Here in San Diego at the CTIA Enterprise and Applications show the setting was much more subdued for today’s power hour of CEO keynotes. Former Seattle Seahawk and CTIA President, Steve Largent, opened up the keynote this morning.
Largent talked about the wireless’ industry’s response to national catastrophes and of course the catastrophe that is the “Spectrum Crunch” insuring attendees that our country is indeed in the need of more spectrum. At one point Largent suggested there weren’t many industry’s ready to give the government billions of dollars, except of course the wireless industry to free up more spectrum.
At last years opening day Keynotes the CEO’s of all four tier 1 carriers, Verizon Wireless, AT&T, Sprint and T-Mobile were to square off, moderated by Mad Money’s, Jim Cramer. After the AT&T/T-Mobile announcement T-Mobile’s CEO pulled out leaving an interesting showdown between Sprint CEO, Dan Hesse, Verizon Wireless CEO, Dan Mead and AT&T Mobility CEO, Ralph de la Vega. Each CEO threw punches last year about the other’s carrier.
More after the break
This time around things were much more subdued and all three CEO’s took the stage separately.
Hesse was first up as he’s not only the CEO of Sprint but he’s also the Chairman of CTIA this year. He focused his speech on ways that the wireless industry can be more environmentally responsible. Hesse touted that all three major carriers had made the Dow Jones Industrial list of companies that are contributing positively to the environment. He also highlighted an initiative that Sprint is taking this year to have green days from December 24- January 2 where the main campus in Kansas City will turn the thermostats down and dim the lights. During this period Sprint employees are encouraged to go on family vacations or if need be, work from home.
Hesse also highlighted distracted driving an issue near and dear to his heart as his son has just turned 16. Hesse brought up the fact that 20% of car accidents with injury stem from distracted driving with the larget percentage of those accidents involving drivers under 20.
As he opened up his talk he talked about President Lincoln and John Wilkes Booth saying that AT&T CEO Ralph De La Vega reminded him of Booth. De La Vega happily returned the punch when taking the stage after Hesse calling Hesse the best actor in the wireless industry.
De La Vega spent his 30 minutes talking about innovation initiatives happening company wide. AT&T has started 3 AT&T Foundry centers in Israel, Dallas and Paolo Alto. These three centers are designed for developers to work on ways to innovate and incoroporate AT&T’s technology into new apps and new wireless solutions.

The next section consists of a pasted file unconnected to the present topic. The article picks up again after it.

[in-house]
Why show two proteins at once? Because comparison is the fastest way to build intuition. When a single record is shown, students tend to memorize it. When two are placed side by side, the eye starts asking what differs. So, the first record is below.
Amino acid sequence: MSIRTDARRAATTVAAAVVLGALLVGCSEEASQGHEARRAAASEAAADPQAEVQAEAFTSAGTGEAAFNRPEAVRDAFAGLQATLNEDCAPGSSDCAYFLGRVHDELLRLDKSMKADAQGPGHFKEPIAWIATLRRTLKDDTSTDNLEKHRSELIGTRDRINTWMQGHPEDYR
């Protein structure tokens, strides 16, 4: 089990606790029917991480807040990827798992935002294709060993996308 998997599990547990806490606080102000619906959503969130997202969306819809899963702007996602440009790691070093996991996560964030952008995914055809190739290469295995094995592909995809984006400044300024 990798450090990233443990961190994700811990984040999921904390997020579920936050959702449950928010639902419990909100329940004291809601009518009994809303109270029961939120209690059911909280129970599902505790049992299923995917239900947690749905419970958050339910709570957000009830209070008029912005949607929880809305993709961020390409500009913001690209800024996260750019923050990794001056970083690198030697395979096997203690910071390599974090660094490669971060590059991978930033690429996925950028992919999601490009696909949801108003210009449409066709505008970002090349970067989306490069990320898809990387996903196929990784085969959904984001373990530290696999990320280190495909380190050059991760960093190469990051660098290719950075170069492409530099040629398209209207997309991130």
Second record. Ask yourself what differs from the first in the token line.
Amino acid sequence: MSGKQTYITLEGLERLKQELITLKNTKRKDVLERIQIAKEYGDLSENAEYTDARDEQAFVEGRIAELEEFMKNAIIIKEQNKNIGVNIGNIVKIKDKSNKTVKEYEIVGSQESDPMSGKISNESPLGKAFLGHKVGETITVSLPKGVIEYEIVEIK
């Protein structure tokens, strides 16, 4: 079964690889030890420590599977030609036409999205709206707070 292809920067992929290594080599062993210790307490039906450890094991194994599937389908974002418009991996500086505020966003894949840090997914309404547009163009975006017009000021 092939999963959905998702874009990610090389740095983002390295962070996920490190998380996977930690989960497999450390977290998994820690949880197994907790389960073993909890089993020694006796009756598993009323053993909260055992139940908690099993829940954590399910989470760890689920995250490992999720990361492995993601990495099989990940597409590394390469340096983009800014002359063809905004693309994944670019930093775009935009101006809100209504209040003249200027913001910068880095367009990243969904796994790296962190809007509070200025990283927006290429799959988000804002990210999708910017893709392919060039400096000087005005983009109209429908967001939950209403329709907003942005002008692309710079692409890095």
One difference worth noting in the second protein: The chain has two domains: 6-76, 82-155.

De La Vega showed three very interesting videos surrounding this theme. AT&T has taken new strides in the mobile health space with partner companies. Some of these technologies include a peakflow monitoring system for asthmatics that allows an asthmatic to do a peak flow test any where in the connected world and immediately send their results to the cloud and the doctor.
De La Vega also showed off a telemedic app that allows doctors to monitor patients in the home, in the hospital, or in a rehab or nursing center. This allows doctors to stay on top of their patients progress. De La Vega went on to say that implementing these kinds of mhealth systems will save millions of dollars and allow patients to live freer lives without having to go see a doctor to deliver simple results.
De La Vega also announced an initiative called TIP within AT&T company wide. TIP calls for employees to submit ideas at any level. According to De La Vega these tips will be vetted and possibly funded in the same way Venture Capitalists fund projects. To date they receive 500 TIPs a month and have already funded 50 or so including the recently announced “Toggle” by AT&T.
Finally Dan Mead offered more on the same themes as both Hesse and De La Vega. Mead mentioned September 11th and the reaction that the wireless industry was able to have with the technology it holds.
Mead spent most of his talk discussing connected devices and machine 2 machine (M2M). He reshared a statistic that there will be 50 billion connected devices in the world by 2020 a theme echoed at the GSMA event yesterday.
There wasn’t any talk about 4G/LTE and definitely no steal cage match ,moderated by the wild Jim Cramer but definitely a very interesting look at innovation and connection.